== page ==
Postage increases will make their annual appearance in January as the struggling U.S. Postal Service picks targets for some hikes while leaving other mailers with a closer-to-inflation increase. USPS has seen a deteriorating financial picture all year, with Congress unable either to pass postal reform legislation or, until just weeks ago, even provide USPS with a governing board.
New rates go into effect Jan. 27, 2019.
For newspaper mailers, the biggest pain will generally be felt in First-Class mailing for invoices and bill payments, as the cost of a stamp goes up 5 cents. In newspaper distribution, saturation requester newspapers will see increases of 3 to 5 percent for most issues in the 3- to 5-ounce range while paid circulation newspapers using carrier route rates dropped at the post office will see increases around 1 percent.
For Marketing Mail (formerly third-class or standard mail), increases in the 2.4 percent to 3 percent range for High Density mail entered at the delivery unit are in the works, and saturation mail increases are in the 2.5 percent to 3.9 percent range. But for saturation mail entered at a Sectional Center Facility, the increases are nearly 8.5 percent. USPS is pushing more mail to delivery unit entry with its “pricing signals,” a trend that will draw objection from marriage mail and commercial bulk mailers.
For Outside County Periodicals mailers, increases overall are expected to be in the mid-2 percent range, but increases in charges for bundles and containers may push some mailers’ rates up more. The National Newspaper Association is continuing to analyze those impacts.
NNA postal guru Max Heath said the association was gratified that the mailing class most commonly used by local newspapers – the Within County delivery unit rates – would be modest, but he expressed concern about increases above inflation. He said guidance about the increase was coming late because of congressional delay in appointing a USPS governing board, which has played havoc with newspaper budgeting for 2019.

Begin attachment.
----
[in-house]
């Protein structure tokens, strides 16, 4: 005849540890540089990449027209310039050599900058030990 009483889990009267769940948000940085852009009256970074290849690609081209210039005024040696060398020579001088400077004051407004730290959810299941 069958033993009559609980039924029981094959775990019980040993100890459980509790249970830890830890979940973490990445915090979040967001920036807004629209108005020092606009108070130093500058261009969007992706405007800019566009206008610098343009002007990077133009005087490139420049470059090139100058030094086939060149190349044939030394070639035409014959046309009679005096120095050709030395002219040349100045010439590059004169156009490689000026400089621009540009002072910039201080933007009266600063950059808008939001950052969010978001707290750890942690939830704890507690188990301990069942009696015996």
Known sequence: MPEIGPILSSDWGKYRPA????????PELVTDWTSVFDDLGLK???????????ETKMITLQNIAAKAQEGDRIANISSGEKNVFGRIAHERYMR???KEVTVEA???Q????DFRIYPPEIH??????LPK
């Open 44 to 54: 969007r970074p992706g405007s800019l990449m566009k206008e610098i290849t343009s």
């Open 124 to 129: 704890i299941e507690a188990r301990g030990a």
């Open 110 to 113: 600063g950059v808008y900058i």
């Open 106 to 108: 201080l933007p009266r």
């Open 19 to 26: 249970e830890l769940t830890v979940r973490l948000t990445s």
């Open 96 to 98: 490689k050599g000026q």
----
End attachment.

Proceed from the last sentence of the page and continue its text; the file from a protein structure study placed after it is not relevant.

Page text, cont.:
“NNA has been saying for a decade that Congress must address the worsening finances of USPS if it intends to keep universal delivery – which small towns in America critically need. We watch the USPS bottom line erode and the debt rise with great concern. This increase is fairly modest for many mailers, though tough for some, but we see a rising tide of red ink that will surely drive many mailers out of the system if Congress does not act,” Heath said. “We are also concerned about a perception in some areas that the Postal Service’s contracts with Amazon are at the root of this problem. They are not. USPS makes money on its package services. Our problems are grounded in continually rising USPS costs, some of which Congress unfairly imposed in 2006 and still has not addressed. NNA stands ready to work with any member of Congress who wants to fix this problem and preserve the essential services that rural America needs.”
Heath said NNA would participate in a review of the rates before the Postal Regulatory Commission. Under modern postal law, however, USPS does not need the PRC’s sign-off before rates go into effect.
(National Newspaper Association postal news)